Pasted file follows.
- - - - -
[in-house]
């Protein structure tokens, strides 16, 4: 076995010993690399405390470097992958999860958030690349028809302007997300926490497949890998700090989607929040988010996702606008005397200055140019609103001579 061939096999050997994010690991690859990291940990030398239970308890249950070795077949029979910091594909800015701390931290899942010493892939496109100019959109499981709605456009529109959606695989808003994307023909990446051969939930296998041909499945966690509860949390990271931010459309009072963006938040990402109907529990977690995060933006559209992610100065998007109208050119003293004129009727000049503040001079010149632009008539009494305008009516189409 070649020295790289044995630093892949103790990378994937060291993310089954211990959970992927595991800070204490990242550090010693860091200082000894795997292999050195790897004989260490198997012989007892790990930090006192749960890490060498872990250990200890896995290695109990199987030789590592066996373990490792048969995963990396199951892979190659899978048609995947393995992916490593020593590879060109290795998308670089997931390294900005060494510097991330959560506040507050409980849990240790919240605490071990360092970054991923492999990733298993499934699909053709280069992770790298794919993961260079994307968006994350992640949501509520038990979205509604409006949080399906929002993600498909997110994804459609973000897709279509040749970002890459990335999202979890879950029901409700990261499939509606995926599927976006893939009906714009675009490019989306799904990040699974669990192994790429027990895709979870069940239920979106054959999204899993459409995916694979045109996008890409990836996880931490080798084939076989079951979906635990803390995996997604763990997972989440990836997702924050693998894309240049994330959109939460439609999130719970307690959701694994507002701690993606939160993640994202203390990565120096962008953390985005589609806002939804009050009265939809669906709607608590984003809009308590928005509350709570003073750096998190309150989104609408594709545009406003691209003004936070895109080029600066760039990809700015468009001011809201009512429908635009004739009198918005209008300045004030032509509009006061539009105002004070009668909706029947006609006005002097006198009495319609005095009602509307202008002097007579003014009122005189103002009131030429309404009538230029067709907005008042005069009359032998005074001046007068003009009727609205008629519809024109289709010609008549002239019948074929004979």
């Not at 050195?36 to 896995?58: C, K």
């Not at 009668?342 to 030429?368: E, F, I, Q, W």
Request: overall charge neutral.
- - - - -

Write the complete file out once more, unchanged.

[in-house]
């Protein structure tokens, strides 16, 4: 076995010993690399405390470097992958999860958030690349028809302007997300926490497949890998700090989607929040988010996702606008005397200055140019609103001579 061939096999050997994010690991690859990291940990030398239970308890249950070795077949029979910091594909800015701390931290899942010493892939496109100019959109499981709605456009529109959606695989808003994307023909990446051969939930296998041909499945966690509860949390990271931010459309009072963006938040990402109907529990977690995060933006559209992610100065998007109208050119003293004129009727000049503040001079010149632009008539009494305008009516189409 070649020295790289044995630093892949103790990378994937060291993310089954211990959970992927595991800070204490990242550090010693860091200082000894795997292999050195790897004989260490198997012989007892790990930090006192749960890490060498872990250990200890896995290695109990199987030789590592066996373990490792048969995963990396199951892979190659899978048609995947393995992916490593020593590879060109290795998308670089997931390294900005060494510097991330959560506040507050409980849990240790919240605490071990360092970054991923492999990733298993499934699909053709280069992770790298794919993961260079994307968006994350992640949501509520038990979205509604409006949080399906929002993600498909997110994804459609973000897709279509040749970002890459990335999202979890879950029901409700990261499939509606995926599927976006893939009906714009675009490019989306799904990040699974669990192994790429027990895709979870069940239920979106054959999204899993459409995916694979045109996008890409990836996880931490080798084939076989079951979906635990803390995996997604763990997972989440990836997702924050693998894309240049994330959109939460439609999130719970307690959701694994507002701690993606939160993640994202203390990565120096962008953390985005589609806002939804009050009265939809669906709607608590984003809009308590928005509350709570003073750096998190309150989104609408594709545009406003691209003004936070895109080029600066760039990809700015468009001011809201009512429908635009004739009198918005209008300045004030032509509009006061539009105002004070009668909706029947006609006005002097006198009495319609005095009602509307202008002097007579003014009122005189103002009131030429309404009538230029067709907005008042005069009359032998005074001046007068003009009727609205008629519809024109289709010609008549002239019948074929004979």
């Not at 050195?36 to 896995?58: C, K």
């Not at 009668?342 to 030429?368: E, F, I, Q, W």
Request: overall charge neutral.